UK Prime Minister Boris Johnson was allegedly infuriated after French President Macron suggested that Northern Ireland is not part of the United Kingdom, the UK media has reported. During a conversation on the so-called "sausage row" Johnson ostensibly said the following:
"How would you like it if the French courts stopped you moving Toulouse sausages to Paris?"
The French president purportedly replied that this was not a good comparison, noting that Paris and Toulouse are both parts of the same country. According to The Telegraph, citing people familiar with the matter, the remark made Johnson furious and the PM replied: "Northern Ireland and Britain are part of the same country as well".
A UK government source told the The Telegraph, that Macron's statement was "highly revealing of the EU's position".
Speaking to reporters after negotiations with his French counterpart, a visibly irritated Johnson said Brussels should "get it into their heads" that Northern Ireland is part of the United Kingdom. Britain "will do whatever it takes" to protect its territorial integrity the prime minister said, noting that he hopes that London and Brussels will find "pragmatic solutions" to the ongoing row.
Following the buzz the remarks created, the Elysée Palace issued a statement, clarifying that the French president said "Toulouse and Paris were part of a single geographic area and that Northern Ireland was on an island". The Elysée Palace said Macron wanted to "highlight" that the situation was quite different and that it wasn't right to draw this kind of comparison.
"He reminded [Prime Minister Johnson] that the UK's exit from the EU was a British decision and that it was necessary to stick to the word given. The president then steered the conversation back to the key issues of the G7", reads the statement released by the Elysée Palace.
Brexit and The Troubles
In 2016, Britain voted to leave the European Union. Withdrawing from the bloc meant that the UK will no longer be part of its single market and customs union, which guarantee the free movement of goods, services, and labour between its member states. Thus, Brussels will treat Britain like its other non-EU trading partners, conducting checks on everything that crosses its borders.
This presented a huge problem for Northern Ireland and the Republic of Ireland or rather for the 1998 Good Friday Agreement. Between late 1960s and 1998, Northern Ireland was the scene of a violent sectarian conflict dubbed "The Troubles" that left more than 3,600 dead and 30,000 injured. One of the sides (Republicans) opposed Northern Ireland's alliance with the United Kingdom and wanted it to join the Republic of Ireland.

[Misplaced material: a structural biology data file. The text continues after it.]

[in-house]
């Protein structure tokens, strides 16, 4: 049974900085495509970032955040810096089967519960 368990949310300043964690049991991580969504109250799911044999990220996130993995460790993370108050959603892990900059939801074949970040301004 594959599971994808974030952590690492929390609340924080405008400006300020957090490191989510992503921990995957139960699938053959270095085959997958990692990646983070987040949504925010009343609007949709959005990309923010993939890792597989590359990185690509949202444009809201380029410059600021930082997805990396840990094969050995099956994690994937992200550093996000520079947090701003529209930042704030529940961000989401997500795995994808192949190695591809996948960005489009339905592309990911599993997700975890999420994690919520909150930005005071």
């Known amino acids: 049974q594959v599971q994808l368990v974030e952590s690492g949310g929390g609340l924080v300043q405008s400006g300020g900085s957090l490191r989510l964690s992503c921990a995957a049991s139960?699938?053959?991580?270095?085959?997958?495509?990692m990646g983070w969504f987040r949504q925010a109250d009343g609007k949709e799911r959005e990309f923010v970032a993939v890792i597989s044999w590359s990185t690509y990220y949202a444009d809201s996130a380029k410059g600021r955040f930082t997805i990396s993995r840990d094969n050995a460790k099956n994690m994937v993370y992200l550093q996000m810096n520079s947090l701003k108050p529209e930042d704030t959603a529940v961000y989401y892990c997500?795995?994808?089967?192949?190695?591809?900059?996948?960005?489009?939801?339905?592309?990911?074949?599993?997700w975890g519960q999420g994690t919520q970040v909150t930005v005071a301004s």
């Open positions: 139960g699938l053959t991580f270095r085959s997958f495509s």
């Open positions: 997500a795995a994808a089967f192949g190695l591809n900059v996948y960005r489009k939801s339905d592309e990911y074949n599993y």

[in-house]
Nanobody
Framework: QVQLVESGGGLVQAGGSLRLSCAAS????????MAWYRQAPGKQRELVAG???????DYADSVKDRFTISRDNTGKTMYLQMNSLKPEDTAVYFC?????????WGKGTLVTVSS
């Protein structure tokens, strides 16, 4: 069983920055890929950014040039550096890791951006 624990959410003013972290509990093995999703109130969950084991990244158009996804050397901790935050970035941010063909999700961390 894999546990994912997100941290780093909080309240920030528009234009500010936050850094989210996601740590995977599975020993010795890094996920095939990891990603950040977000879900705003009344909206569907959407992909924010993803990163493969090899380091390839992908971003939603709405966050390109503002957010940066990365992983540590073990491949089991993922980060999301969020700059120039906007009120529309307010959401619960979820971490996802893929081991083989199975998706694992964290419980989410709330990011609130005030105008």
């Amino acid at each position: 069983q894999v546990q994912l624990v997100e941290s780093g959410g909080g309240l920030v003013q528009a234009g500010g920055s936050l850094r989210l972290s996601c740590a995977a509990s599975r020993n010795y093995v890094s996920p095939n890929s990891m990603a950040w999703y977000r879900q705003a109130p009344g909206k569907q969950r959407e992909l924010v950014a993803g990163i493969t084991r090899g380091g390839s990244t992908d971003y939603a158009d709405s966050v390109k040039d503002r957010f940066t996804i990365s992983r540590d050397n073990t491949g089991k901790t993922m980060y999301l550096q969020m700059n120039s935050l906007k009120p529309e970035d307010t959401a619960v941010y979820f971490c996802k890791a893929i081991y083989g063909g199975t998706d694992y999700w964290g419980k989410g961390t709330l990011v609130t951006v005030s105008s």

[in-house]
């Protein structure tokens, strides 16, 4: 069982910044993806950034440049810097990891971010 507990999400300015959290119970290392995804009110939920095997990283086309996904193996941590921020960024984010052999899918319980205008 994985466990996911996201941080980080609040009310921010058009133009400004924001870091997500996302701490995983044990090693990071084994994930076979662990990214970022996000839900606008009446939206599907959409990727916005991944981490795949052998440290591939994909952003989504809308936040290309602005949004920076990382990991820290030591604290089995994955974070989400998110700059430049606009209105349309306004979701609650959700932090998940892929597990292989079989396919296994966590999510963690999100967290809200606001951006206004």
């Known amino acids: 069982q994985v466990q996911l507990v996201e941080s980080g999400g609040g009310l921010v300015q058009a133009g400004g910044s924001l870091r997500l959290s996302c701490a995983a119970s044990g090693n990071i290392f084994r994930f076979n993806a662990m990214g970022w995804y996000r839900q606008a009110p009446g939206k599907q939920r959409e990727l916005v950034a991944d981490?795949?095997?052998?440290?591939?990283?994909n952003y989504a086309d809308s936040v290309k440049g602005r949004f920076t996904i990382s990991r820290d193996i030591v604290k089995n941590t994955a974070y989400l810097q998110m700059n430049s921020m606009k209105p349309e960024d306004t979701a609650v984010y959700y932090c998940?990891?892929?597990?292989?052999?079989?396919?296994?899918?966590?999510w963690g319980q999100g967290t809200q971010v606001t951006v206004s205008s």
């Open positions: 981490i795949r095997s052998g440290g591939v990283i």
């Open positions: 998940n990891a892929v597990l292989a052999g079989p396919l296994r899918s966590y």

The other side (Unionists) wanted Northern Ireland to remain part of UK. The conflict ended with the signing of the Good Friday Agreement, a peace treaty, which among other things, stipulated that the border between Northern Ireland and the Republic of Ireland should be almost non-existent – no border posts, no cameras.
The Northern Ireland Protocol and Sausage Row
To avoid the hard border between Belfast and Dublin, the United Kingdom and the European Union agreed that Northern Ireland should remain in the EU single market and that the bloc would conduct checks on goods on the border between Northern Ireland and the rest of the UK (England, Scotland, and Wales). Thus, everything that goes from Britain to the European Union and vice versa is being checked at this border. The agreement was dubbed the Northern Ireland Protocol (NIP).
The deal, however, apparently only worked perfectly on paper. Since the UK officially left the EU there has been major supply disruptions due to checks across the Irish border. This led to tensions in Northern Ireland, with Unionists strongly opposing the NIP, which they say threatens Belfast's membership in the UK.
A six-month grace period has been in place since January. It temporarily suspends the rules of the NIP. Hence, as of now deliveries of sausages and other chilled meat to Northern Ireland (de-facto an EU member) and the rest of the bloc are allowed, but at the beginning of July they will be banned as Brussels only allows frozen meat to enter its single market.
Renegotiation and Potential Trade War
London has repeatedly asked the European Union to renegotiate the Northern Ireland Protocol. Brussels is strongly opposed to this idea. Many in the bloc feel that the UK is simply reneging on its vows. Prior to the G7 meeting in Cornwall, French President Emmanuel Macron said Britain's proposal was not "serious".
"We have a protocol, an agreement of separation, in the framework of which is Northern Ireland and a trade treaty. It was painstakingly discussed for years and discussed, I remind you, at the initiative of the British who wanted to leave, not the Europeans. If after six months you say we cannot respect what was negotiated, then that says nothing can be respected. I believe in the weight of a treaty; I believe in taking a serious approach. Nothing is negotiable; everything is applicable", said the French president.
UK Prime Minister Boris Johnson threatened to use Article 16 of the NIP, which allows both London and Brussels to suspend the measure if it causes "economic, societal, or environmental difficulties". The European Union, in turn, said that patience is running thin in Brussels and hinted that should London terminate the NIP it will start a trade war, with the bloc imposing tariffs and quotas on UK exports.